Many school trips to Barcelona focus on the modernist designs of Gaudi and his contemporaries, but there is much more to this wonderful city’s rich history. Archaeological treasures from previous centuries abound and recent discoveries are now on display for all visitors.
The Roman legacy
The Romans left their mark on every region of the world they inhabited and Barcelona is no exception. Barcelona was part of the Roman Empire for around four hundred years and the remains of their occupation can still be seen today. Many of the main sights are concentrated in the city’s Gothic Quarter, and sections of the Roman city walls can be seen on the PlaÒ«a Ramon de Berenguer Gran near La Seu Cathedral. Near the top of Las Ramblas on PlaÒ«a Villa de Madrid lie the remains of a Roman necropolis. Today there is a small park in a circle of fashion shops and cafes, and in this park you can visit the recently excavated tombs from the second and third centuries.
Some of Barcelona’s Roman treasures are hidden in the Gothic buildings that followed them, and students on school trips are well advised to seek them out. Near the government buildings at Plaça Saint Jaume is the narrow street Carrer de Paradis, where Barcelona’s Center de Excursionista is located. If you venture into this building and the courtyard within it, you will arrive at the site of the Temple of Augustus. Unfortunately, all that remains of the first-century temple today are four impressive Corinthian columns, incongruously embedded in the surroundings of this Gothic building. It’s an atmospheric place to sit and contemplate what this area would have been like in Roman times. For anyone interested in Roman history, a visit to the Barcelona City History Museum is a must. Overlooking Plaça del Rei, it was built on the site of a Roman garum factory and fabric dyer and houses many of the artefacts discovered in the city.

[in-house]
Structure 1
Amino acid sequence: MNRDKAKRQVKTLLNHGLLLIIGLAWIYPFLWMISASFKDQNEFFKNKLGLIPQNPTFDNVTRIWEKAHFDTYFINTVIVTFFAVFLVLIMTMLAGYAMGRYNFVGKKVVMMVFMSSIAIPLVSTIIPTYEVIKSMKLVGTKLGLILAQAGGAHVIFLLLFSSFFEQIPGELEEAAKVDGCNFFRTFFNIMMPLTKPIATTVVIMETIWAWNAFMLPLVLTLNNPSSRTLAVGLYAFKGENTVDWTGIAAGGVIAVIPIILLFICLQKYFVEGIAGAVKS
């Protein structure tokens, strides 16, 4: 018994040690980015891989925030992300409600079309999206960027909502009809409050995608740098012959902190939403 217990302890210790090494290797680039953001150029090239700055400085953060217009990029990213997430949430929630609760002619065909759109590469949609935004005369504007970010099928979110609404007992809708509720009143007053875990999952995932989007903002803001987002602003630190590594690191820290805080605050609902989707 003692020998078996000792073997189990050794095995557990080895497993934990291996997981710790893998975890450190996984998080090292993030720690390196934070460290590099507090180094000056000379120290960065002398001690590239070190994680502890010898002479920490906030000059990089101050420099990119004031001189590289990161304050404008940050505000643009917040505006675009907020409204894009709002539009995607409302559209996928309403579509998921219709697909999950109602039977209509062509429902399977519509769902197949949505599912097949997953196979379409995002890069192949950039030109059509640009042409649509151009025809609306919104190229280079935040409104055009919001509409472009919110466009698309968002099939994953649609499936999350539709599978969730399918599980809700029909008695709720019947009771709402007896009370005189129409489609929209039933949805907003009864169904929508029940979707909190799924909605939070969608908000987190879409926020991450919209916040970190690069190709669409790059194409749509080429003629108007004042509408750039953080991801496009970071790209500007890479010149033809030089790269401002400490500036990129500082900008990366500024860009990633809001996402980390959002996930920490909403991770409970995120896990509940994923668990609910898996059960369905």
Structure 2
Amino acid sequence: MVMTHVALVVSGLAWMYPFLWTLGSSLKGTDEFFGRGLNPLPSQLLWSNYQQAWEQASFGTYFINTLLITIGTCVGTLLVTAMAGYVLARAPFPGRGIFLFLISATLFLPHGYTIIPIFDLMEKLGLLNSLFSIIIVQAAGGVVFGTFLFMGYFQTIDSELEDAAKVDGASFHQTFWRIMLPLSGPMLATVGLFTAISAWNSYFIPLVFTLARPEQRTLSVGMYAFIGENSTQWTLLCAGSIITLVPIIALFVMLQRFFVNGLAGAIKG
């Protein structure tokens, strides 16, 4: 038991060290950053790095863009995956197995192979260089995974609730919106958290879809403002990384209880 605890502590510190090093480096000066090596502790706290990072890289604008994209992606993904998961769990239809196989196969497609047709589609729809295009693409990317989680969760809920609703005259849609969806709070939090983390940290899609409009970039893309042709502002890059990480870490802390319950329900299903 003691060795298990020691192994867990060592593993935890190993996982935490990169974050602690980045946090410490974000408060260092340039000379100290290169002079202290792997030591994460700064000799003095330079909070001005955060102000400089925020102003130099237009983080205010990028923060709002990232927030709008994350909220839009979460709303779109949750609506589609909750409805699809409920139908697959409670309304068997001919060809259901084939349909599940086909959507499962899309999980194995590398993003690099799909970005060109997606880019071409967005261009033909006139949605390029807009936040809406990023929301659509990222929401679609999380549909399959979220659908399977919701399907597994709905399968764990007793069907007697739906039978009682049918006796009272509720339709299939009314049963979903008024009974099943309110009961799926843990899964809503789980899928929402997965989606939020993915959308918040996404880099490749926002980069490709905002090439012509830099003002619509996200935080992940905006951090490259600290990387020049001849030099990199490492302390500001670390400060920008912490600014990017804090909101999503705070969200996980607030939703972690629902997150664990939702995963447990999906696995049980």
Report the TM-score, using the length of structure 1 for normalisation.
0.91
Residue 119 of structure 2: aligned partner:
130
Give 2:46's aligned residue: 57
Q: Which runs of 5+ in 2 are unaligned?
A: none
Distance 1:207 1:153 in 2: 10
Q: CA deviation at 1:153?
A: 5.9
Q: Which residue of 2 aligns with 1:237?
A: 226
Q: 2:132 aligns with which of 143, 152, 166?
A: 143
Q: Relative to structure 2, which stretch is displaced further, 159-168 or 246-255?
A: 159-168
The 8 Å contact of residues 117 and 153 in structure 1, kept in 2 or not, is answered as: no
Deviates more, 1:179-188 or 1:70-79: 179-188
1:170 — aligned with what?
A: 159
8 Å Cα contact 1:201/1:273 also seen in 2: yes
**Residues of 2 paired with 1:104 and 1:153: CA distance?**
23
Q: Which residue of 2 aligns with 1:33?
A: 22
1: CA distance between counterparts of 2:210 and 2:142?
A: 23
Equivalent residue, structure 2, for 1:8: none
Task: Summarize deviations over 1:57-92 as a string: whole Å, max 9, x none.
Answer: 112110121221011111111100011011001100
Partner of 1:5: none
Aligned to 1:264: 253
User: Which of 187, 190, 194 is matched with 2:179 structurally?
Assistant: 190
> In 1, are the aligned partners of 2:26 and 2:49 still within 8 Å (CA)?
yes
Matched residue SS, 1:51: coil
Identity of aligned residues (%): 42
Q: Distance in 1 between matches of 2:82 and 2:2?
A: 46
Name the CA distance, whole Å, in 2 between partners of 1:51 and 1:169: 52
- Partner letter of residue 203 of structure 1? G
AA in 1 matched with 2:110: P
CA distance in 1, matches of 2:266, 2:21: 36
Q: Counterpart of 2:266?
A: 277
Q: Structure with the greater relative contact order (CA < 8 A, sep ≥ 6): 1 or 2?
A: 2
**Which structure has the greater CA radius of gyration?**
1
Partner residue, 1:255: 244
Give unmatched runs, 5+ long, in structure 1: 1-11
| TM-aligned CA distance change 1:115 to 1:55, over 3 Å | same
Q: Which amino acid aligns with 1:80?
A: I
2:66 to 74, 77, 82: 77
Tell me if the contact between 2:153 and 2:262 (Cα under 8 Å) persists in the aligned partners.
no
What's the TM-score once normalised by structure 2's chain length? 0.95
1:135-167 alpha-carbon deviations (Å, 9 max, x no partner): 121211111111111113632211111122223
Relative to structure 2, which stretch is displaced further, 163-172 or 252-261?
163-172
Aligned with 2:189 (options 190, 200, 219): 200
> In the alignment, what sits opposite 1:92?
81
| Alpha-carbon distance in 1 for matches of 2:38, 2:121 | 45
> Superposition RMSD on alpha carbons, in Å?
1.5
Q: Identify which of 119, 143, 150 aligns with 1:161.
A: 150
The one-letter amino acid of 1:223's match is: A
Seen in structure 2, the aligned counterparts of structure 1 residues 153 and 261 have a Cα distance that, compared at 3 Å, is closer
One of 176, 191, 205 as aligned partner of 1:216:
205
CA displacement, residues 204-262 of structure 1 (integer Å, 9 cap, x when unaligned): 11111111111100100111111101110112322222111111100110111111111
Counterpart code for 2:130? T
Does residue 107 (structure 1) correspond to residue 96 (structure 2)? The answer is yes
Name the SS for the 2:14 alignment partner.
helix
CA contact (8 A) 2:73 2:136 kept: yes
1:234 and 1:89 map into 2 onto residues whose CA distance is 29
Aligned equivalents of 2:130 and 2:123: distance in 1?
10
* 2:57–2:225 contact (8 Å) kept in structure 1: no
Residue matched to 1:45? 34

Treasures of the 18th century
If you’ve visited Barcelona’s Born district, you’ve walked through one of the city’s most historically significant sites. The Fossar de la Moreres, located next to the Church of Santa Maria del Mar, commemorates the siege of Barcelona in 1714. Proceeding further into the heart of El Born you arrive at the old market, recently reopened and closed for many years. The vast open space has revealed many of Barcelona’s streets that have been hidden for countless years.
The streets surrounding Ciutadella Park were demolished by order of Philip V to make way for his new citadel. The people and businesses based there were forced to find new homes and the layout of the city was changed forever. The research and excavations that have been carried out in recent years are detailed enough to include the names of the families who lived in each house and the businesses that operated there. This incredible exhibition is open to all and El Born Market has now become a cultural center with music performances, film screenings, a restaurant and bookshop. It’s a wonderful place for students on school trips and literally puts the history of this part of Barcelona at your feet.
From the ancient treasures of Roman Barcelona to unveiling the city’s history at El Born, there is something of interest for any history lover visiting this delightful city.